As we head into the peak of summer and the seasonal heat descends, blacklegged ticks are becoming active throughout the city.
Earlier this week, there was a report of a tick sighting at popular downtown hangout spot Trinity Bellwoods, which is uncommon as city parks aren’t a suitable habitat for these pesky insects, says Toronto Public Health spokesperson Dr. Christine Navarro, the Associate Medical Officer of Health.
According to Dr. Navarro, blacklegged ticks — which are the only type of tick in Ontario capable of transmitting the bacteria that causes Lyme disease — are usually only found in bushy or wooded areas with lots of leaves on the ground or where there is tall grass.
Based on Toronto’s tick surveillance program, this includes areas like Algonquin Island, Anewen Greenbelt, Cedar Ridge Park, Colonel Danforth Park, Doris McCarthy Trail, Highland Creek, Morningside Park, Pine Point Park, Rowntree Mills Park, Rouge Park, and the Toronto Hunt Club.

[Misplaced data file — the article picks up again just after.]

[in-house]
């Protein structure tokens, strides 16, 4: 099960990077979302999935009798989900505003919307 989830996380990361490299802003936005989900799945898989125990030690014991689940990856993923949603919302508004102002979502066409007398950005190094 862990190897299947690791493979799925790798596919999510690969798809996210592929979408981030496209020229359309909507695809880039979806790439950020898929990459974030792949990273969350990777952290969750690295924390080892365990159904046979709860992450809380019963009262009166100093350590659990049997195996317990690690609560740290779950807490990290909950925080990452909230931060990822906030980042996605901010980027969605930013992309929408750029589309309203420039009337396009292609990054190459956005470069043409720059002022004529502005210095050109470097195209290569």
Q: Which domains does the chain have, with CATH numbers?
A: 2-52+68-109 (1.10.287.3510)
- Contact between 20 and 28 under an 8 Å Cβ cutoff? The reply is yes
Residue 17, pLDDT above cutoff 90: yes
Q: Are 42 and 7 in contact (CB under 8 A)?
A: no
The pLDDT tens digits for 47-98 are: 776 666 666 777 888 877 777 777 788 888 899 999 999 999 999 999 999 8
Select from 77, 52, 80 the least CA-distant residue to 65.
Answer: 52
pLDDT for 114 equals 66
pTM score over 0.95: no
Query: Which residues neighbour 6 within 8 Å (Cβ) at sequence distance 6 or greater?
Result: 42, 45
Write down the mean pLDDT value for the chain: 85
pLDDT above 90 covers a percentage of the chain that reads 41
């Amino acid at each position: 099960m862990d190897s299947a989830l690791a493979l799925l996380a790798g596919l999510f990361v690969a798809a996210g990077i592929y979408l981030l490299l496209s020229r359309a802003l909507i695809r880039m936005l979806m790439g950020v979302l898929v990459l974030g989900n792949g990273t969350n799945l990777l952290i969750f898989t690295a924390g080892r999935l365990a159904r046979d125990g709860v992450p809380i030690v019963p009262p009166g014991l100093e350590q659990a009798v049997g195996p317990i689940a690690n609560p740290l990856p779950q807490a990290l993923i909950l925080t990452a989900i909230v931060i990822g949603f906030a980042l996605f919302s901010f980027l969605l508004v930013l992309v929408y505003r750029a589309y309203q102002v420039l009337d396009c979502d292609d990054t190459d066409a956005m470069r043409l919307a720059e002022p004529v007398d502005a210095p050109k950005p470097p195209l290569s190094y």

Additionally, blacklegged ticks have also been found on the Toronto Islands.
— TO Field Naturalists (@TorontoNature) July 6, 2018
If you do happen to discover a tick on your body, Dr. Navarro says, “it can be removed with fine-tipped tweezers by pulling the tick away from your skin gently but firmly.”
Once you’ve removed the tick, Dr. Navarro says you should place the insect in a jar or a bottle and take it to a Toronto Public Health Offices for identification and possible testing.
“Prompt removal of ticks from the skin will help prevent infection, as transmission of the Lyme disease-causing bacteria usually requires the tick to be attached for at least 24 hours,” says Dr. Navarro.
Early symptoms of Lyme disease can typically occur within one to two weeks after a tick bite, however, it can occur as soon as three days or even as long as a month after a bite.
Dr. Navarro says if you develop any symptoms of Lyme disease, which includes fever, headaches, fatigue and a skin rash, within 30 days of removal of the tick and it was attached for 24 hours or more, you should see your doctor.
“Be sure to tell the doctor about your recent tick bite, when the bite occurred and where you most likely acquired the tick.”